“But you’re still using electricity from the grid!” drunk Uncle Carl says at the family gathering he is invited to once a year. “And that electricity comes from coal.”
On the whole, the United States produces ~30% of its electricity from coal. Some states make considerably less electricity from coal. California makes almost no electricity from coal. Idaho makes almost no electricity from coal. You get the idea.
The thing is that even if my Nissan Leaf is using electricity from the grid it is still more efficient on a per mile basis versus almost any other car or truck on the road. It is more efficient in terms of carbon emissions per mile and cost per mile in dollar terms. Let’s see how that breaks down.
A gallon of gasoline, when burned, produces approximately 20 pounds of carbon dioxide. In 2016 the fuel economy of new cars and trucks in the United States reached 24.7 miles per gallon. Therefore, on a per mile basis the average new car in the United States emits 0.81 pounds of carbon dioxide.
A kilowatt hour of electricity has a carbon intensity of approximately 1 pound. This figure obviously differs depending upon your utility, grid operator, locale, etc. but it works as an average for the United States. Over the course of the last couple of weeks I have averages 4.2 miles per kWh in my Nissan Leaf, which is probably low since I have been forced to use the relatively inefficient resistive heater. Therefore, my EV “emits” 0.24 pounds of carbon dioxide per mile driven.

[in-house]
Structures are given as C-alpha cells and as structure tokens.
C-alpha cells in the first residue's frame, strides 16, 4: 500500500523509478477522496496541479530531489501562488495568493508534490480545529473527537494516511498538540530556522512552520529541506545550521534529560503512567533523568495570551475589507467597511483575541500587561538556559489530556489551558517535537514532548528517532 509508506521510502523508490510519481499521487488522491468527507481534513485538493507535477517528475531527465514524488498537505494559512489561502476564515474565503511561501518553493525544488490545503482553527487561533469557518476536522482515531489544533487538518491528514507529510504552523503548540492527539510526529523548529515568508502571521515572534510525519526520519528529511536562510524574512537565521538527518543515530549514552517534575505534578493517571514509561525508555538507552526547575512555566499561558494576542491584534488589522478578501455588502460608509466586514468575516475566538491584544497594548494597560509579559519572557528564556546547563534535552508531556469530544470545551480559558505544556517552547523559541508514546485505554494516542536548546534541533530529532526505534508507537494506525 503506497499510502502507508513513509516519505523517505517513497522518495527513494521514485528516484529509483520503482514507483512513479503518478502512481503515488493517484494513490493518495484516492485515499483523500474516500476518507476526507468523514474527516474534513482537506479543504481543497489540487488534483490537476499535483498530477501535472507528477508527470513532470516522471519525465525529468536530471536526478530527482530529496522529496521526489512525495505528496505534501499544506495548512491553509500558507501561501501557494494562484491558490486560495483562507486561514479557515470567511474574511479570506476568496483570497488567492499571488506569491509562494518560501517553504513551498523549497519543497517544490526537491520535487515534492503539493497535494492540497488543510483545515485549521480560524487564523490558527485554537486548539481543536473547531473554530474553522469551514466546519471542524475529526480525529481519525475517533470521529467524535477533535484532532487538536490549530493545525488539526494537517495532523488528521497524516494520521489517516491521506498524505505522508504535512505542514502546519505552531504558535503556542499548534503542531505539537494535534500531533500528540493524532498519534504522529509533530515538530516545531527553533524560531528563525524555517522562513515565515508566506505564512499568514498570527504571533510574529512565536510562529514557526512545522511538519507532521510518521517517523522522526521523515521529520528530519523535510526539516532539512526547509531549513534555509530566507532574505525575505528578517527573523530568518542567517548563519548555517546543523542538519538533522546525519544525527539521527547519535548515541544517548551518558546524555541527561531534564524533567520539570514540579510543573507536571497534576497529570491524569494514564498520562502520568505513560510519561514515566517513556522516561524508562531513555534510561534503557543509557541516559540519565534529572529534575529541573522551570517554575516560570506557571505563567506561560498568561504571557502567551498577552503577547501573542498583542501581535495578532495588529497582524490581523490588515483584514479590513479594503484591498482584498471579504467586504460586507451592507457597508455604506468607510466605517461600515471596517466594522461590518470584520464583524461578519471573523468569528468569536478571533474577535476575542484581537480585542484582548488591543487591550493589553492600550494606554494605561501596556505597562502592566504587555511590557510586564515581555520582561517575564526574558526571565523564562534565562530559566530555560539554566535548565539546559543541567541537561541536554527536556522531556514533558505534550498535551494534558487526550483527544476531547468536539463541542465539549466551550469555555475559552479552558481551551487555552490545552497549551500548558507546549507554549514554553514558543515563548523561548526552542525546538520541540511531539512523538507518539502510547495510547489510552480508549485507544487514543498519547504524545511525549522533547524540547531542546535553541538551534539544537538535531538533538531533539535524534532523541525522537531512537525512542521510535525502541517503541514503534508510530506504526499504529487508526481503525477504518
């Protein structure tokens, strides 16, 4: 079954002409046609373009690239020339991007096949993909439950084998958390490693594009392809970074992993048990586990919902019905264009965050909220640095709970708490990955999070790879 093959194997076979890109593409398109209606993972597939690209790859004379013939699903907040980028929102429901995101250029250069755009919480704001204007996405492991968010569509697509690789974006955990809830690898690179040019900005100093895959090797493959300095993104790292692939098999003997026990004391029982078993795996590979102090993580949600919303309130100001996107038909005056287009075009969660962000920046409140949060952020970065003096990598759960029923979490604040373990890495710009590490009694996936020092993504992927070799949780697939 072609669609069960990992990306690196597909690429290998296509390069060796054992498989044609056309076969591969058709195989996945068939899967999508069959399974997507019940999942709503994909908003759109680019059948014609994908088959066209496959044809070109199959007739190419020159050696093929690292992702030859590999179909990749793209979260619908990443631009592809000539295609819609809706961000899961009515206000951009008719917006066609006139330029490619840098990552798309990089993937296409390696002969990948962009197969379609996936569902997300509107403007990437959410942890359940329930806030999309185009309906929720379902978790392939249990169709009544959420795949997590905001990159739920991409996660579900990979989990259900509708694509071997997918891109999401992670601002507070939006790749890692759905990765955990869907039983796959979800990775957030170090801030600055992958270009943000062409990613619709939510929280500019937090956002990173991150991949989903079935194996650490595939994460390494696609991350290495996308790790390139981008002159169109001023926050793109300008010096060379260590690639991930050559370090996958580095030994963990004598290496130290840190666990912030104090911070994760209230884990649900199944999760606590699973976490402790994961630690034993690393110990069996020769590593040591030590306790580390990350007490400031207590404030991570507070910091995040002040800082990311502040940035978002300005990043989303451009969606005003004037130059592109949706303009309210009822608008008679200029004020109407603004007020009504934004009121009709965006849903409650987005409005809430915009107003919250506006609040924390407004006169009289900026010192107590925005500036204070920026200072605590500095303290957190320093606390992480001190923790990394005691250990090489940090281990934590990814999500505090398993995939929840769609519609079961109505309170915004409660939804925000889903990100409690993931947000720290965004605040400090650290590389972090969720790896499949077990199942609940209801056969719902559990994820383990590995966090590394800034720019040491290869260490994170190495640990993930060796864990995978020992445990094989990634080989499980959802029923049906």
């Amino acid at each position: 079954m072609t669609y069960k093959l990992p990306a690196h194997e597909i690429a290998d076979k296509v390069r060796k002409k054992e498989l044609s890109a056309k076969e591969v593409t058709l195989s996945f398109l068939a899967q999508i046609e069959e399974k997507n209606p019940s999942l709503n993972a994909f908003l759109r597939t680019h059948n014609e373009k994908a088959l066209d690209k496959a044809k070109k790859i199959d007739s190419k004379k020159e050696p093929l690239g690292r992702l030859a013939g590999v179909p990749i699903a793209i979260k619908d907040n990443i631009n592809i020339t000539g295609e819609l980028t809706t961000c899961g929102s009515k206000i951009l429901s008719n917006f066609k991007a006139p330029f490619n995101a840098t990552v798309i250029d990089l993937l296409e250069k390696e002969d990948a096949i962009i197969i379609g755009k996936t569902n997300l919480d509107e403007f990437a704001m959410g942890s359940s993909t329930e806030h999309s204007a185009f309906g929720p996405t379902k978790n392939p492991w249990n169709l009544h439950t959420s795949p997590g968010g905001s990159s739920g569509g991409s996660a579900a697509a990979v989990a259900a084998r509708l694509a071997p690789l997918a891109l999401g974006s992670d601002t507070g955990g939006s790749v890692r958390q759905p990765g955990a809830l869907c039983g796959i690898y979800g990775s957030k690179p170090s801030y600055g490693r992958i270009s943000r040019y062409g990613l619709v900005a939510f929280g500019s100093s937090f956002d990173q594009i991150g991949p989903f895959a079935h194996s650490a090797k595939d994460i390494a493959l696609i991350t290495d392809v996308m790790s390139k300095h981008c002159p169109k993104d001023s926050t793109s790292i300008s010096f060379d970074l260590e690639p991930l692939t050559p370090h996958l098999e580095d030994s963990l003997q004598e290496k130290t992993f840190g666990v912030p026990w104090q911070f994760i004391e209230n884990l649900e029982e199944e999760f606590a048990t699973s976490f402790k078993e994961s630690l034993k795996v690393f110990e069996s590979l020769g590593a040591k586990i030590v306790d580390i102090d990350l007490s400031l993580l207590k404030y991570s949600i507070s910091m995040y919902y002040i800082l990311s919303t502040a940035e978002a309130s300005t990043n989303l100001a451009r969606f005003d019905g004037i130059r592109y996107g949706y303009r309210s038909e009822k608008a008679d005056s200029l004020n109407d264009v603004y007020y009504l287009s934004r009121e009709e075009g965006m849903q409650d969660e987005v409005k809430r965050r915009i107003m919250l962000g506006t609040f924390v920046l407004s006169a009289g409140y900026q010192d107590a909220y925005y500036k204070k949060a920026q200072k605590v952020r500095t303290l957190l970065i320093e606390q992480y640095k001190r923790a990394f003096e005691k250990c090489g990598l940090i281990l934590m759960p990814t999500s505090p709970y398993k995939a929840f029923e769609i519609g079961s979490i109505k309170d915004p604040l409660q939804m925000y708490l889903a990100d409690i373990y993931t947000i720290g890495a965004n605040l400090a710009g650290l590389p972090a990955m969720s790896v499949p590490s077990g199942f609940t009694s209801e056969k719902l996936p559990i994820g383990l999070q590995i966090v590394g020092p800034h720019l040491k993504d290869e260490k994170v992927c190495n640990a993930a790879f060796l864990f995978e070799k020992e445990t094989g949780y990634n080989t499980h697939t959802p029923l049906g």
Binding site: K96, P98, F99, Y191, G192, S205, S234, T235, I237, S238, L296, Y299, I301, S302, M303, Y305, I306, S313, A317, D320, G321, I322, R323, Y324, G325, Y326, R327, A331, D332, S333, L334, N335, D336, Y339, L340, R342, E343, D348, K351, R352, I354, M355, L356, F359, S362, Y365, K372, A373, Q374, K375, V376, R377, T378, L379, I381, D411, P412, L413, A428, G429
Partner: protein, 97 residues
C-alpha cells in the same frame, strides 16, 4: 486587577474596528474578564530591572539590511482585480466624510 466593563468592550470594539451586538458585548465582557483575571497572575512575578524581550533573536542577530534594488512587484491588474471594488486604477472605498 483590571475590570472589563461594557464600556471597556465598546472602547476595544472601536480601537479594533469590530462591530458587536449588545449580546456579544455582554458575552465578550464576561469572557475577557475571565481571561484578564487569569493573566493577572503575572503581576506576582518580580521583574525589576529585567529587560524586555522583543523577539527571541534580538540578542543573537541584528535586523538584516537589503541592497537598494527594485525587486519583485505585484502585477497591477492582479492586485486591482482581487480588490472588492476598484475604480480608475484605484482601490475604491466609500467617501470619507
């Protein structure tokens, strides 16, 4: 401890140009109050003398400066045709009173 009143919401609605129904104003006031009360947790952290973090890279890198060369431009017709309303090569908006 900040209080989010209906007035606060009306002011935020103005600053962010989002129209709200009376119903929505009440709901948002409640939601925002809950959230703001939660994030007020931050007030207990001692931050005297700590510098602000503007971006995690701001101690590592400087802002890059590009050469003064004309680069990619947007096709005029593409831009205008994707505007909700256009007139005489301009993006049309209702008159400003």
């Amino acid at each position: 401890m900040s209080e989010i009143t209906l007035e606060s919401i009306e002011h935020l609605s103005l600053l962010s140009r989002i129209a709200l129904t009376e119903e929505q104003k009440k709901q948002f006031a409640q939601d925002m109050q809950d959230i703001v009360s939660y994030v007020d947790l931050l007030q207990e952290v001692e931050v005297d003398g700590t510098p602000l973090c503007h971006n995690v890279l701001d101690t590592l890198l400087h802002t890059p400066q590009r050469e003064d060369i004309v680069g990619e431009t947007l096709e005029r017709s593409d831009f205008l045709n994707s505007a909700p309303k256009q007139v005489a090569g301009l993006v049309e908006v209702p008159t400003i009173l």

For those needing a refresher in math, 0.24 is less than 0.81. In fact, it is about 70% less. Now, imagine you are charging your EV in Idaho where each kWh of electricity has a carbon intensity of 0.2 pounds. That would be a decrease in carbon intensity of about 94%. As the grid gets cleaner the miles driven by your EV get cleaner as a result. Your regular old car with an internal combustion engine will still emit the same old carbon dioxide year after year. In fact, it will likely emit more as it gets older and less efficient. Just saying.
Furthermore, imagine I am charging my Nissan Leaf with electricity derived from the solar panels on my roof. This represents a decrease in carbon intensity of 100%. Talk about demand destruction. Take that Uncle Carl!